Just days after standing firm on its decision to keep fall sports on its original schedule of beginning on Sept. 24, the Connecticut Interscholastic Athletic Conference announced on Friday that all fall sports in-person activities, including conditioning, has been put on pause while the CIAC awaits a meeting with the Department of Public Health to discuss the best course of action for a potential fall sports season.
“Based on DPH recommendations, the board took the action to pause all in-person interscholastic fall sport activity including conditioning programs which are already underway until Monday, August 24,” the CIAC said in Friday’s statement. “Coaches are encouraged to promote virtual safe contact and conditioning with their athletes during the pause so as to not lose the conditioning gains and socialization benefits made during the summer.”
Friday’s announcement comes after the CIAC’s football committee recommended the sport be moved to the spring, but after that recommendation, the CIAC’s Board of Control voted unanimously to maintain the current schedule, which consisted of a start date of Sept. 23 for all fall sports, with a condensed schedule that would end in November. The football season was scheduled to begin on Monday with the first official cohort practices, but those, along with the rest of fall sports practices, will be put on hold for at least another 10 days.
“For now, everything is paused, and that includes the conditioning programs we've been running all summer,” Bristol Central football head coach Jeff Papazian said. “I texted the kids and told them we'll be off next week and that we'll keep preparing the best we can whenever we're allowed, and whatever that looks like.”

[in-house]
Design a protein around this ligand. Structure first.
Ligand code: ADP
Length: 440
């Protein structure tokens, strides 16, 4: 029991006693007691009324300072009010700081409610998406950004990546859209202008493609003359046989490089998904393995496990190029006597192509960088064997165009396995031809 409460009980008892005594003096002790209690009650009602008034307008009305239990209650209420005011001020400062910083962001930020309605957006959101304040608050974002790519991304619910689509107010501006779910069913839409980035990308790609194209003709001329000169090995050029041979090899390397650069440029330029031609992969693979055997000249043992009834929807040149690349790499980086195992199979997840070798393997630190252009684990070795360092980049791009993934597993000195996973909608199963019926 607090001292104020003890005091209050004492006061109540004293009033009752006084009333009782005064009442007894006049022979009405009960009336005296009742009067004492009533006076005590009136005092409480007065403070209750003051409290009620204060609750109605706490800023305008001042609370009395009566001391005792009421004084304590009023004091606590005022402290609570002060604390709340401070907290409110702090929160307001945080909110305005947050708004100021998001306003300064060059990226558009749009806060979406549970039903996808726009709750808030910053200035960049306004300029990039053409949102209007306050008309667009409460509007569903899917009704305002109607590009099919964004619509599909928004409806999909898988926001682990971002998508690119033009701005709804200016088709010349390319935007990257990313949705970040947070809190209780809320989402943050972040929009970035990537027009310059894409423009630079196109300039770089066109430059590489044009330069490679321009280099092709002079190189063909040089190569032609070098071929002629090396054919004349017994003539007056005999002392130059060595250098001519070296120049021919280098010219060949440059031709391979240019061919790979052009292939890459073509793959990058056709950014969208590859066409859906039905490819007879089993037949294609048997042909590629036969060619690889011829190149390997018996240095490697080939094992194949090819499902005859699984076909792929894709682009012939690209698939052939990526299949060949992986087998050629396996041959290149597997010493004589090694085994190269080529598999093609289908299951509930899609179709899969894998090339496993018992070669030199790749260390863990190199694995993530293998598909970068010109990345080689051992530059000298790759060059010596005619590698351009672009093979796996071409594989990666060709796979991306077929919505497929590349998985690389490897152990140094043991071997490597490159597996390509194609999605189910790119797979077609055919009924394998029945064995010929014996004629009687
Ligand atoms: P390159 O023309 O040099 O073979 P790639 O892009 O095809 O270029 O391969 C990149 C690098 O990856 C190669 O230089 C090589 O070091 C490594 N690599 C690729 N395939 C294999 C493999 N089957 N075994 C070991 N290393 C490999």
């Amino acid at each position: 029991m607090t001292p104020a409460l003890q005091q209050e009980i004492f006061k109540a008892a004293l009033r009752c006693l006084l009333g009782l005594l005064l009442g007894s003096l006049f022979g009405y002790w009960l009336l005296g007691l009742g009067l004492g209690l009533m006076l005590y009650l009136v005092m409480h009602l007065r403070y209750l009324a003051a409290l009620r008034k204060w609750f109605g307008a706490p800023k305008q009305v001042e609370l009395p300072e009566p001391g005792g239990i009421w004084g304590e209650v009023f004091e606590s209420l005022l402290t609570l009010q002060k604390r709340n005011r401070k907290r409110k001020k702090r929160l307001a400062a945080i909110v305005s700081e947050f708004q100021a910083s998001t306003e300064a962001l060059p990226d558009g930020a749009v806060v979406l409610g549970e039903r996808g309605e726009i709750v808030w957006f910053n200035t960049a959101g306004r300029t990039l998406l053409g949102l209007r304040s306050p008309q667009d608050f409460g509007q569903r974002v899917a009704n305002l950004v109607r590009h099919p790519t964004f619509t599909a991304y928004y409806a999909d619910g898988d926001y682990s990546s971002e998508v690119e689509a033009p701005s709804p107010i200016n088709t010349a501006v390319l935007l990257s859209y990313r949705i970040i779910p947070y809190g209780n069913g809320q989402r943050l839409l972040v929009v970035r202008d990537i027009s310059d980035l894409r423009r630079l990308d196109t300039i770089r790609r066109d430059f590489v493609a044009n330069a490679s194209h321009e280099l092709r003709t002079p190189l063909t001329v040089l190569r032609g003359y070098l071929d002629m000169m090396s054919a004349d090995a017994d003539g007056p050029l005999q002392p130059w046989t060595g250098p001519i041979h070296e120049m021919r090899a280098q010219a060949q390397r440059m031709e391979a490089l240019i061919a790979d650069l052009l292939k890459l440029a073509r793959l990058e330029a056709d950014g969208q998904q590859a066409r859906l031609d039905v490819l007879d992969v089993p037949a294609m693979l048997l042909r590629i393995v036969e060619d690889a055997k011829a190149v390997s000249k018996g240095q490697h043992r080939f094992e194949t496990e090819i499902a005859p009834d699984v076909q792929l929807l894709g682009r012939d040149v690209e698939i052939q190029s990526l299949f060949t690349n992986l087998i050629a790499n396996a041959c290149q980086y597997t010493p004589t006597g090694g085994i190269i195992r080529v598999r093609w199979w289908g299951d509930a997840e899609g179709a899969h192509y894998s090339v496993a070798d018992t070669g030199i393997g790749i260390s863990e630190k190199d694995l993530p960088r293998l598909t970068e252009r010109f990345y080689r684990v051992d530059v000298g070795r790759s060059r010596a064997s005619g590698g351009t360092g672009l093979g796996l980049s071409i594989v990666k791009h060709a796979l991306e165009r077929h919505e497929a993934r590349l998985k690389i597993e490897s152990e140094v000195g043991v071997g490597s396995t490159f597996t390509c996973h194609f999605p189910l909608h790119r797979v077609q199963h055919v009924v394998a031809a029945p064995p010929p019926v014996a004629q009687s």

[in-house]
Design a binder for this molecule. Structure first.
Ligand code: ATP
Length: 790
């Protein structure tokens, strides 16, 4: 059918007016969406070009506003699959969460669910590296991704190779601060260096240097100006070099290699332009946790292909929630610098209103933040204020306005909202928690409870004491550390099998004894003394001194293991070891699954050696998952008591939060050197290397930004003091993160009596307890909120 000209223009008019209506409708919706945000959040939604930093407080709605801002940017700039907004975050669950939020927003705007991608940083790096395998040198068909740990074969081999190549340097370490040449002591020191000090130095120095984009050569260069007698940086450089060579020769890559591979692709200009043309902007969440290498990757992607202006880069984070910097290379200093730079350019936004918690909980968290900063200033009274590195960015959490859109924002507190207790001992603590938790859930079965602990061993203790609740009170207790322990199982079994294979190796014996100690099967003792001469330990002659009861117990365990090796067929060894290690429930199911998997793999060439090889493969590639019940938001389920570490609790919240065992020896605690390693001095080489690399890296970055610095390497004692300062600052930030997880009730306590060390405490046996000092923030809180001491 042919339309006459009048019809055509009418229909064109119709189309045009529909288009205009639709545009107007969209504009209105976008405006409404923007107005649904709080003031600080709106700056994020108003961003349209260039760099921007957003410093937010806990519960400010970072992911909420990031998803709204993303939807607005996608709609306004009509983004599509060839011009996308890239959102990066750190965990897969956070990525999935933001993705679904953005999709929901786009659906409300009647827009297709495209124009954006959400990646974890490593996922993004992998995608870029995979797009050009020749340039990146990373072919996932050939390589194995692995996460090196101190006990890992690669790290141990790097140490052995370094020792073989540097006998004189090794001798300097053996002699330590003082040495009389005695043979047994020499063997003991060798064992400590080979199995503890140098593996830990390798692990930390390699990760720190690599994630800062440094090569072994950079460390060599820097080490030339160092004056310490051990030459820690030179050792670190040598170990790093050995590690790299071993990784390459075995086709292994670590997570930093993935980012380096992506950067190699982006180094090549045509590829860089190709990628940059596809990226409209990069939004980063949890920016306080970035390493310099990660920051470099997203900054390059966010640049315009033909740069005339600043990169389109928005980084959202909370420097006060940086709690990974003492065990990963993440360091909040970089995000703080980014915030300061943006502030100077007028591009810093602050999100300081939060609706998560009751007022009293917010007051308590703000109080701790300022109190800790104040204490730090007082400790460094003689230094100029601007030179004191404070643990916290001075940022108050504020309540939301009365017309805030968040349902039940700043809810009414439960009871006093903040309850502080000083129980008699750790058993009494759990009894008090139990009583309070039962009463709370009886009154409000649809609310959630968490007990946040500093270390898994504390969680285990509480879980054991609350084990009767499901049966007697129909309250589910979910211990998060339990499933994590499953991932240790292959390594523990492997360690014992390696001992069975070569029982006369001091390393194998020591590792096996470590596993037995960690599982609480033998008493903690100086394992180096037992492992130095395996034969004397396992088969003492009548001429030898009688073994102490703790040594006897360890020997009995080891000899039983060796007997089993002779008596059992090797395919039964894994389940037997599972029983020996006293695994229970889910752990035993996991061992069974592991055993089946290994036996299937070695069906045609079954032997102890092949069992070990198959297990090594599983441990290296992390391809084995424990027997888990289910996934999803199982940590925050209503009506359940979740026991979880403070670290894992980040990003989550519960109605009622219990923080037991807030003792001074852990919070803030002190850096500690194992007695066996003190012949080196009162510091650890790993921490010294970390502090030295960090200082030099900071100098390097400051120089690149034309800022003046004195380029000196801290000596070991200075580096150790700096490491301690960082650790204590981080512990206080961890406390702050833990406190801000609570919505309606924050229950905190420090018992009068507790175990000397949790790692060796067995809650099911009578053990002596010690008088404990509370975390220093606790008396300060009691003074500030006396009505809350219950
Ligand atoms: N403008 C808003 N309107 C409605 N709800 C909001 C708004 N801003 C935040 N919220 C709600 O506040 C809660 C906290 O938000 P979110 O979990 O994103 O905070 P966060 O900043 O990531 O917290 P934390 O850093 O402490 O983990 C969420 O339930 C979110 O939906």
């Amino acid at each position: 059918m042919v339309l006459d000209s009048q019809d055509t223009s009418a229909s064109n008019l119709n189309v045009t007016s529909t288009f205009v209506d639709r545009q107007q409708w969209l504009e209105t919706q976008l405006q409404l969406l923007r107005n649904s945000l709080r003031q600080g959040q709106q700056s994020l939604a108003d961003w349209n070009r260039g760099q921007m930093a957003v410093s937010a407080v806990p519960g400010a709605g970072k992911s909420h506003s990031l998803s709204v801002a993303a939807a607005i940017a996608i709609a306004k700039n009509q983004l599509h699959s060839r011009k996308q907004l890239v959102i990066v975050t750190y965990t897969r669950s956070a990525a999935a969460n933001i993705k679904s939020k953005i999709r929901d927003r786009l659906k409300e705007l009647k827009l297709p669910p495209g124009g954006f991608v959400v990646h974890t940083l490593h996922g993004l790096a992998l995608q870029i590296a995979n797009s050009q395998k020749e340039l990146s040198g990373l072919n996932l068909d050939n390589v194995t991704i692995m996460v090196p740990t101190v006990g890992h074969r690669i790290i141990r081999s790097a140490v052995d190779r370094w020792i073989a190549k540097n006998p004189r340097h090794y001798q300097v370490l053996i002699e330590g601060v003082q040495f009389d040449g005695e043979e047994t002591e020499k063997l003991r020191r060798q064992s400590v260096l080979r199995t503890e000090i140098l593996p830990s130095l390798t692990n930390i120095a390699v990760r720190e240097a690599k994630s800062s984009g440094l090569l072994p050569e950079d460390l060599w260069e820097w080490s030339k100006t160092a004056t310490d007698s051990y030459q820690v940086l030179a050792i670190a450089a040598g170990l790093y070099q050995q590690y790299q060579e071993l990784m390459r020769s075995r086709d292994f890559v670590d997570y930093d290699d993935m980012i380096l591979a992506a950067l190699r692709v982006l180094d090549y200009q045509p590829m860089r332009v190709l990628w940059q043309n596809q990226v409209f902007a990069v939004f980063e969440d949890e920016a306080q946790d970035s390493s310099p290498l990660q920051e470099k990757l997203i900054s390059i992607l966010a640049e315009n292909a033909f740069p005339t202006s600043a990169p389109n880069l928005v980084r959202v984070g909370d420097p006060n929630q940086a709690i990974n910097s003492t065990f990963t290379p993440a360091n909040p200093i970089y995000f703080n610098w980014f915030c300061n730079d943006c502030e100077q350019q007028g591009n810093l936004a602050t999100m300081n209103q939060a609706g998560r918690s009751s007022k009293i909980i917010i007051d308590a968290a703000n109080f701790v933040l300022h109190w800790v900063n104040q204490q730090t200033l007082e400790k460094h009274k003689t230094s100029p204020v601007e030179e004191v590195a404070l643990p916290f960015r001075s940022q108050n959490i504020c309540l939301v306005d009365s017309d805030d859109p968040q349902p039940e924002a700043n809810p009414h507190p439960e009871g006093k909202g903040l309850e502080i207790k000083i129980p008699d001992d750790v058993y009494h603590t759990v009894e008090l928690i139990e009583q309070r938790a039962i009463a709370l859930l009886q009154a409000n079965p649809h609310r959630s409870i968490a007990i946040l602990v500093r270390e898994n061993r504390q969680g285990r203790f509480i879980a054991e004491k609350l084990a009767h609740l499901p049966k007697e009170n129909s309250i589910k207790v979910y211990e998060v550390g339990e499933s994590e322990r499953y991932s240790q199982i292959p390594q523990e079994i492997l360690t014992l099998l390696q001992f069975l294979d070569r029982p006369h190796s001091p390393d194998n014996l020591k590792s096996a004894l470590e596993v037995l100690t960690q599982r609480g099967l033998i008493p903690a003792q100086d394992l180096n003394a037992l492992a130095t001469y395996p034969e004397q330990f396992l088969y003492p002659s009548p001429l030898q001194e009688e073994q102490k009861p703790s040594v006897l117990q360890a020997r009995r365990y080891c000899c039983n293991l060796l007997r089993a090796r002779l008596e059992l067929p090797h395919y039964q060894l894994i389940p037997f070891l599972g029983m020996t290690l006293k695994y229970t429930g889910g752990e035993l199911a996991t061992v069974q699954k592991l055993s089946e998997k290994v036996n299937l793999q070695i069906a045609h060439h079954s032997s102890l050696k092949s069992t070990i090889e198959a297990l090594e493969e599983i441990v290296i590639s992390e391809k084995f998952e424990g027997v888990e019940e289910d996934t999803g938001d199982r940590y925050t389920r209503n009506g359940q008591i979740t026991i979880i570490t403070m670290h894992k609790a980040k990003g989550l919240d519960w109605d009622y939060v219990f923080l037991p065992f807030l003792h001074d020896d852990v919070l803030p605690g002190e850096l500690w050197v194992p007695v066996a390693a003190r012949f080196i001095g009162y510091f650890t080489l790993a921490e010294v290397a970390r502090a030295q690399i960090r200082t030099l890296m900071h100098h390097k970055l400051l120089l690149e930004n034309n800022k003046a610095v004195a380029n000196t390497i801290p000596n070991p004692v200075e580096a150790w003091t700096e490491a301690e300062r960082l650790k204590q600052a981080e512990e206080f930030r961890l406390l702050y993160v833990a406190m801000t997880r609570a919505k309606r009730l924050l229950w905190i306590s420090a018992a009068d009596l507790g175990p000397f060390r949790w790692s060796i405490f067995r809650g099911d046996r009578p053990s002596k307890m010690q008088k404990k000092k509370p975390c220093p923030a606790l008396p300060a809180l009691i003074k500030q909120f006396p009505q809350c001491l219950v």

The Department of Public Health reached out to the CIAC on Thursday, recommending high-risk fall sports like football and girls volleyball be pushed back to the spring, while all other fall sports should wait to begin until at least two weeks after students returned to school. That recommendation was received after the CIAC announced it would be moving on with its original plan for fall sports, but after reviewing that recommendation, the schedule will likely change once again.
“CIAC welcomes continued collaboration and input from experts while emphasizing that the safety and health of students is the focus of all decisions,” Friday’s press release read. “The importance of safely conducting interscholastic athletics remains paramount. Connecticut COVID health metrics show students have been safely participating in athletics across the state throughout the summer and that participation in private or town programs would likely continue throughout the fall if interscholastic opportunities are cancelled. While outside programs have had minimal issues thus far, CIAC believes its collaboration with health experts and relationships with its member schools has led to a plan providing the best alignment with COVID mitigating strategies and creates the best opportunity for a safe and equitable fall sports season.”
The CIAC reached out to DPH to request a meeting in the coming week to discuss those recommendations that include delaying football and girls volleyball until the spring, and another update could come after those discussions. But for now, fall student-athletes have to clear the fields.
“Even now, the kids are saying 'OK coach, we'll wait,'” Papazian said. “All we can do is follow the guidance we're being given, but I have to imagine something has got to give and we'll get a definitive answer soon, one way or another.”
For Papazian, the Rams and all other fall sports coaches and athletes across the state, the ever-evolving outlook of the coronavirus has drastically altered preparations for the fall season, and Friday’s update was another reminder of that.
“This is my 12th year, and nothing that has gone on this summer can surprise me anymore,” Papazian said. “That's the best way I can put it. You're planning for all of these different scenarios and plan for the unknown. To say anything surprises me anymore, I don't think so.”
Other local coaches weighed in, including Southington football head coach Mike Drury, who tweeted his disappointment shortly after the CIAC’s announcement.
"This is extremely disappointing,” Drury said. “Our student athletes need this. We understand the difficult decisions ahead, but to take away strength and conditioning from them is not the correct course of action. It’s time to make decisions with our kids’ best interests in mind."